Published Oct 30, 2019When actor-director Edward Norton set about adapting the '90s detective novel Motherless Brooklyn for the screen, he needed just the right song to convey the mindset of its lead character, Lionel Essrog, a lonely private eye with debilitating Tourette's. For the task, he turned to an old friend: Radiohead frontman Thom Yorke.
"Thom, as a writer, has expressed this duality of longing in the heart, but also psychic terror and fracture and dissonance," Norton tells Exclaim! during a interview at TIFF. "I was very drawn to the idea that, musically, he expresses Lionel's head perfectly. So I asked him if he would read it, and he wrote this song in response to it."
Within this moody story of political upheaval and gentrification in '50s New York, Yorke's aching piano ballad "Daily Battles" becomes a mantra of sorts; it features prominently in the soundtrack, and the melody re-emerges as a trumpet solo during a scene at a jazz club. Norton reveals that his screenplay ended up being shaped by Yorke's song, and he even inserted Yorke's phrase "daily battles" into the script. "He responded to the script and I responded to the song," Norton says. "It was a very nice snowballing."
Norton also worked closely with another notable contributor: author Jonathan Lethem, who wrote the novel Motherless Brooklyn. While the book had been set in the current day, Norton chose to make his adaptation a period piece — something Lethem supported wholeheartedly.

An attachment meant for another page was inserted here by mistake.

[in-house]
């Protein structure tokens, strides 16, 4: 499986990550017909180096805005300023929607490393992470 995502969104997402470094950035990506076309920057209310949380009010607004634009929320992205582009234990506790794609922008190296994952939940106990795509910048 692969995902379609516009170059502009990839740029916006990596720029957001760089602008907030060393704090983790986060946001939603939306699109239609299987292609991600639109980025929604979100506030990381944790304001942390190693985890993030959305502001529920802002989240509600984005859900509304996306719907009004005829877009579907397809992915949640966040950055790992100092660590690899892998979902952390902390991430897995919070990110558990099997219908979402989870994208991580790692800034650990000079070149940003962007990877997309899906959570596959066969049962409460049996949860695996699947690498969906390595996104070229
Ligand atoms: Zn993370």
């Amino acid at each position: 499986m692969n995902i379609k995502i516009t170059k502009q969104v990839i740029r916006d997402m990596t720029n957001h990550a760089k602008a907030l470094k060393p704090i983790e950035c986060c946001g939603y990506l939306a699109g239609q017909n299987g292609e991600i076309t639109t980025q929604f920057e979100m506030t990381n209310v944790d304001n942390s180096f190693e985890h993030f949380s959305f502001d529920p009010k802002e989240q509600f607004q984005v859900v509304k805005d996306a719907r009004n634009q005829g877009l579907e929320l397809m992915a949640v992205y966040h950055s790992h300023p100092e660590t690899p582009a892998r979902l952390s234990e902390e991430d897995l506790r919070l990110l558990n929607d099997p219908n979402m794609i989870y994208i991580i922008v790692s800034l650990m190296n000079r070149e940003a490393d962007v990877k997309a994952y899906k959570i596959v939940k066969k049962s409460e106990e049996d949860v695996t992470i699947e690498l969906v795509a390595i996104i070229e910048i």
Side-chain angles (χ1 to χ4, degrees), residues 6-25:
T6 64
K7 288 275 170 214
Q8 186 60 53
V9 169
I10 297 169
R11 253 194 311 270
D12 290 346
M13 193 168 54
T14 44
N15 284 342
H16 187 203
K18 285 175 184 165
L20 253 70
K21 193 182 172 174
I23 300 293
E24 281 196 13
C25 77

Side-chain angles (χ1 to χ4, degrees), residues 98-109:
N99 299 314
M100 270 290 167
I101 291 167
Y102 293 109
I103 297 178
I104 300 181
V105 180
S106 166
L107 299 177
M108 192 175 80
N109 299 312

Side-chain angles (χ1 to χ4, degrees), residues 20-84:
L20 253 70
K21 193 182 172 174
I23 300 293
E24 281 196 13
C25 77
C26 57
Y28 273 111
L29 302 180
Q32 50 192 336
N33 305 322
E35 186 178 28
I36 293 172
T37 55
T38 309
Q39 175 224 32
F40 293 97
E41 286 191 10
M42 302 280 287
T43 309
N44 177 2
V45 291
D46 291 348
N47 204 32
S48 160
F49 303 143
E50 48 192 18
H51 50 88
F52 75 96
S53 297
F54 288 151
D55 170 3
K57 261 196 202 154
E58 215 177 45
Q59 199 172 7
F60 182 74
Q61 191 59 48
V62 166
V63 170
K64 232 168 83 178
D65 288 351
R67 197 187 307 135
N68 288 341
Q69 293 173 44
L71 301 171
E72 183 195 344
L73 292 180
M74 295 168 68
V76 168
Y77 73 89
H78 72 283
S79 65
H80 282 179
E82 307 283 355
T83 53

"He had written sort of a '50s hardboiled bunch of characters, but he had set them in the modern world. I didn't want it to feel like The Blues Brothers — like, guys in fedoras. He agreed with that 100 percent," explains Norton. "The initial impulse to set it in the past was simply to allow the vernacular and the world and the language that he had written to be authentic and organic, as opposed to ironic. He loved that idea."
In the new 1950s context, Motherless Brooklyn explores themes of racial discrimination and gentrification in New York City. After Lionel's mentor Frank (Bruce Willis) is killed on the job, Lionel works to solve the murder. The case leads him to form a bond with lawyer-activist Laura (Gugu Mbatha-Raw), who is working to prevent local politician Moses Randolph (Alec Baldwin) from tearing down impoverished neighbourhoods in the name of progress.
"It's important to acknowledge that we, within and under the sunny narrative of Pax-Americana in the postwar '50s, New York City baked racism into its infrastructure," says Norton. "Working class and middle class minority neighbourhoods that weren't slums were razed to literally build slums. There isn't a cheap, redemptive palliative to this. These things happened, and we're still dealing with the consequences."
There are complex issues that, given America's current political climate, are more relevant than ever. With Motherless Brooklyn, Norton has made a film that reflects the nuance of its themes — and Norton is quick to share credit with his collaborators.
"People like that make you look like you know what you were doing," he says with a self-deprecating smile. "They really elevate it. That's what a cast does. I think directing is like you're the madman in the room, saying, 'We're going to do this and we're going to do that.' It's all insane. And then other people bring their talents to bear on different dimensions of it, and suddenly it looks like vision."